I’m hopeful the new boots will keep all the positives, while adding some additional stiffness for edge control.
Are you speaking of the Xplore vesion of the Guard?
Did you really save this post for the 4th?!
:lol:
Yes- I did- but only for a couple of days.
Cross-country AND down-hill skiing in the backcountry.
Unashamed to be a "cross-country type" and love skiing down-hill.





User avatar
lilcliffy
Posts: 2932
Joined: Thu Jan 01, 2015 7:20 pm
Location: Stanley, New Brunswick, Canada
Ski style: Nordic backcountry touring
Favorite Skis: Asnes Ingstad BC; Asnes Gamme 54 BC; Asnes Storetind Carbon; Madshus Annum; Asnes Comabt Nato
Favorite boots: Alfa Guard Advance BC; Alpina Alaska BC; Crispi Svartisen BC; Scarpa T4
Occupation: Forestry Professional
Instructor at Maritime College of Forest Technology
Husband, father, farmer and logger

Re: Boot Review- Long-Term Test- Alaska BC-Guard BC-Svartisen BC

Post by lilcliffy » Sun May 09, 2021 10:02 pm

Woodserson wrote:
Tue May 04, 2021 1:57 pm
I am surprised that the Svart is less volume and width than the Alaska. I have quite low volume feet as it is, I couldn't go lower.
I think that the width of the Svartisen and the Alaska are actually pretty close.
The Alaska definitely is larger volume for its width than the Svartisen.
I can get my thick wool "Winter Warmer" insloes into my Alaska- I cannot with the Svartisen.
The Svartisen feels "open" around the heel-achilles-ankle compared to the Alaska.
Cross-country AND down-hill skiing in the backcountry.
Unashamed to be a "cross-country type" and love skiing down-hill.





User avatar
lilcliffy
Posts: 2932
Joined: Thu Jan 01, 2015 7:20 pm
Location: Stanley, New Brunswick, Canada
Ski style: Nordic backcountry touring
Favorite Skis: Asnes Ingstad BC; Asnes Gamme 54 BC; Asnes Storetind Carbon; Madshus Annum; Asnes Comabt Nato
Favorite boots: Alfa Guard Advance BC; Alpina Alaska BC; Crispi Svartisen BC; Scarpa T4
Occupation: Forestry Professional
Instructor at Maritime College of Forest Technology
Husband, father, farmer and logger

Re: Boot Review- Long-Term Test- Alaska BC-Guard BC-Svartisen BC

Post by lilcliffy » Sun May 09, 2021 10:02 pm

Woodserson wrote:
Tue May 04, 2021 1:57 pm
I am surprised that the Svart is less volume and width than the Alaska. I have quite low volume feet as it is, I couldn't go lower.
I think that the width of the Svartisen and the Alaska are actually pretty close.
The Alaska definitely is larger volume for its width than the Svartisen.
I can get my thick wool "Winter Warmer" insloes into my Alaska- I cannot with the Svartisen.
The Svartisen feels "open" around the heel-achilles-ankle compared to the Alaska.
Cross-country AND down-hill skiing in the backcountry.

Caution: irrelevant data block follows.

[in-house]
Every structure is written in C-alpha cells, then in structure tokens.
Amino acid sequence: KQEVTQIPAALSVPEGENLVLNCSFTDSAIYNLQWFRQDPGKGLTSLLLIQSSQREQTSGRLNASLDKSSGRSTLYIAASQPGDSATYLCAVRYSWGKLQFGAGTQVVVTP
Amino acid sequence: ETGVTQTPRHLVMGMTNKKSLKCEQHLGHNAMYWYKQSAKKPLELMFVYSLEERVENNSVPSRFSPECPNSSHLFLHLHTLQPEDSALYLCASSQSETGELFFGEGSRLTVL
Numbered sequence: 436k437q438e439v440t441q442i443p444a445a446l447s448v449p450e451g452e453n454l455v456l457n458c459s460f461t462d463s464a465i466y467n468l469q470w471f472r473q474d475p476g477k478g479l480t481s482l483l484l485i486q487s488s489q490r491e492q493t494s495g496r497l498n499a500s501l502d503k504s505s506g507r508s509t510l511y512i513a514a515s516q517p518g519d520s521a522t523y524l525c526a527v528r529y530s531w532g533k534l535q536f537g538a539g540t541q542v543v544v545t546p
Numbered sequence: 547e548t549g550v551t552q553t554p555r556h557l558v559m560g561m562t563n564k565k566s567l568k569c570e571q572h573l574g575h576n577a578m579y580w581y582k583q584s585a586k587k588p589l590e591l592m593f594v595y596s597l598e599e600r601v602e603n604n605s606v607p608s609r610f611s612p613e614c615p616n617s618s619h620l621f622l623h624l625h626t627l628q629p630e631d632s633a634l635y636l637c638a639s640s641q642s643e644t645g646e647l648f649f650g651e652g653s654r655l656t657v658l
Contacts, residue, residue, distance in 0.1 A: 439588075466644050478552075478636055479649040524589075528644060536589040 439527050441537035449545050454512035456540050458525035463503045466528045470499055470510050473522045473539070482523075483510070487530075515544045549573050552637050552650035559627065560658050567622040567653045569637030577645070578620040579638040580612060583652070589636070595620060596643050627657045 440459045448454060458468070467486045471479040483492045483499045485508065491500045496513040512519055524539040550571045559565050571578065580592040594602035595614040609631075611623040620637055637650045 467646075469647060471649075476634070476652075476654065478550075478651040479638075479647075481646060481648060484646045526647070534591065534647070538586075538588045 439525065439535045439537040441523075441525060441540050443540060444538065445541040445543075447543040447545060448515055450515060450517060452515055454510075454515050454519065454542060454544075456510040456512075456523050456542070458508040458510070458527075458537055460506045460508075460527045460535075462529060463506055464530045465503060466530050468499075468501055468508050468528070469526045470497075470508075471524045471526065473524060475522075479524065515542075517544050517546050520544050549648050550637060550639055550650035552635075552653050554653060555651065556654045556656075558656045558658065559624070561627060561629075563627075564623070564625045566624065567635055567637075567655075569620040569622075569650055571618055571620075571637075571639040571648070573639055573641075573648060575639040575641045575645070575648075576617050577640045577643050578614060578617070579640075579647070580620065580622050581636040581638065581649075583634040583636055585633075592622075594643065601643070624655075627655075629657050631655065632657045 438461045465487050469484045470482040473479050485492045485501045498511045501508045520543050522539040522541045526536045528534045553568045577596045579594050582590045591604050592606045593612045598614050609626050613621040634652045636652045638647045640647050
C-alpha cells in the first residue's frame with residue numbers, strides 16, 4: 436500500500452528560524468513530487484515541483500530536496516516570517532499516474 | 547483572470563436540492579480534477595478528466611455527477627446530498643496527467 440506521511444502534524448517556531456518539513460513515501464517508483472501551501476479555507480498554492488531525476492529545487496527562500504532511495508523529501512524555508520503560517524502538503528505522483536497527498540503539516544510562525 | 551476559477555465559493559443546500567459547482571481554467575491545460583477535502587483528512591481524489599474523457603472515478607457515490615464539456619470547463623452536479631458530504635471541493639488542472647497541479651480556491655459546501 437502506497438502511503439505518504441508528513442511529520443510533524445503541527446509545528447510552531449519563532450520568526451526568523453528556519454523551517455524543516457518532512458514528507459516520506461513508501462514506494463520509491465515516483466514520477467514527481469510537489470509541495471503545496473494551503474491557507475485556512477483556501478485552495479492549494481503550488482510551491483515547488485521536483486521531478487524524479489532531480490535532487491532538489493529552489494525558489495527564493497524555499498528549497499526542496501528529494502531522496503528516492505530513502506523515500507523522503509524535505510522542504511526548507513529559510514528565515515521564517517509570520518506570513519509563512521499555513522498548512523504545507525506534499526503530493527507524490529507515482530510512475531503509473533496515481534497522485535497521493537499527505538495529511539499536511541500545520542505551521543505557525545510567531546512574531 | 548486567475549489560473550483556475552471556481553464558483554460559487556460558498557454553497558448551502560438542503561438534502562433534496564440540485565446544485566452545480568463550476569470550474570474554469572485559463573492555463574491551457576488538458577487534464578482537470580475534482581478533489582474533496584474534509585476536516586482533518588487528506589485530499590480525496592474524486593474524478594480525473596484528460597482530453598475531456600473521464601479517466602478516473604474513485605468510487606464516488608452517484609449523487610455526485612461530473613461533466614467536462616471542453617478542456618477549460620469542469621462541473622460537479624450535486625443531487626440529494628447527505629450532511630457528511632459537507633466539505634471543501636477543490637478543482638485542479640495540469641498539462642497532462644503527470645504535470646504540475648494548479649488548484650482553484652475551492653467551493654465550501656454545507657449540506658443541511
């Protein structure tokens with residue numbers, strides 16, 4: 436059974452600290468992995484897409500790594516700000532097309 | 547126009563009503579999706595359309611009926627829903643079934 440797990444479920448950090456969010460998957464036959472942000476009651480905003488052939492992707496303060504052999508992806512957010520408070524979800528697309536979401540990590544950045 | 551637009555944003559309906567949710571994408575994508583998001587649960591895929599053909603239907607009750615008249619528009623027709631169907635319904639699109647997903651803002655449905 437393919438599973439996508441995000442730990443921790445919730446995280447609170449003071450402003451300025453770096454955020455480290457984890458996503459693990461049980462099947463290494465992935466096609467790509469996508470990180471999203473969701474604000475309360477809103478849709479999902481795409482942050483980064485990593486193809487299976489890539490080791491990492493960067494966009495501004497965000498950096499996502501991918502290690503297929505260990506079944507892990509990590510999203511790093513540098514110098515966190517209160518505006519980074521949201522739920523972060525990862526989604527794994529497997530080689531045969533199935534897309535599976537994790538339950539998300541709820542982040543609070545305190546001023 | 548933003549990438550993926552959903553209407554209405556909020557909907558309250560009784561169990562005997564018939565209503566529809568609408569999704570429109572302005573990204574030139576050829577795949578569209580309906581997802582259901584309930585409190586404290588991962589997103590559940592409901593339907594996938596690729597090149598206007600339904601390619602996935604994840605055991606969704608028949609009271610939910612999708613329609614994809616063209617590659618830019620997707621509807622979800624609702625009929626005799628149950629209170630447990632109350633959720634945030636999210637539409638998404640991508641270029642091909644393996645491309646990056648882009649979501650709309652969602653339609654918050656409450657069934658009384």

Unashamed to be a "cross-country type" and love skiing down-hill.





User avatar
Stephen
Posts: 328
Joined: Thu Aug 06, 2020 12:49 am
Ski style: Aspirational
Favorite Skis: Gamme (210), Ingstad (205), Objective BC (178)
Favorite boots: Alfa Guard Advance
Occupation: Beyond

Re: Boot Review- Long-Term Test- Alaska BC-Guard BC-Svartisen BC

Post by Stephen » Mon May 10, 2021 12:15 am

lilcliffy wrote:
Sun May 09, 2021 9:58 pm
Stephen wrote:
Tue May 04, 2021 1:35 pm
I wish the Alaska was a tiny bit wider and I would own a pair.
Size-up and install a thicker insole to take up boot volume.
I'm a 47 and I think 48 and up is more difficult to buy?
But really, will probably wait to see Xplore before buying more boots.
lilcliffy wrote:
Sun May 09, 2021 9:58 pm
I’m hopeful the new boots will keep all the positives, while adding some additional stiffness for edge control.
Are you speaking of the Xplore version of the Guard?
Yes -- but getting the impression that may not be the case.





User avatar
lilcliffy
Posts: 2932
Joined: Thu Jan 01, 2015 7:20 pm
Location: Stanley, New Brunswick, Canada
Ski style: Nordic backcountry touring
Favorite Skis: Asnes Ingstad BC; Asnes Gamme 54 BC; Asnes Storetind Carbon; Madshus Annum; Asnes Comabt Nato
Favorite boots: Alfa Guard Advance BC; Alpina Alaska BC; Crispi Svartisen BC; Scarpa T4
Occupation: Forestry Professional
Instructor at Maritime College of Forest Technology
Husband, father, farmer and logger

Re: Boot Review- Long-Term Test- Alaska BC-Guard BC-Svartisen BC

Post by lilcliffy » Mon May 10, 2021 9:10 pm

Stephen wrote:
Mon May 10, 2021 12:15 am
I'm a 47 and I think 48 and up is more difficult to buy?
Alaska comes in a 48.

I’m hopeful the new boots will keep all the positives, while adding some additional stiffness for edge control.
Are you speaking of the Xplore version of the Guide?
Yes -- but getting the impression that may not be the case.
I have no doubt that the "Guard XP" or whatever its called will have a stiffer sole than the Guard BC- if it doesn't, there is no way it will stay in the binding clamp.
Cross-country AND down-hill skiing in the backcountry.
Unashamed to be a "cross-country type" and love skiing down-hill.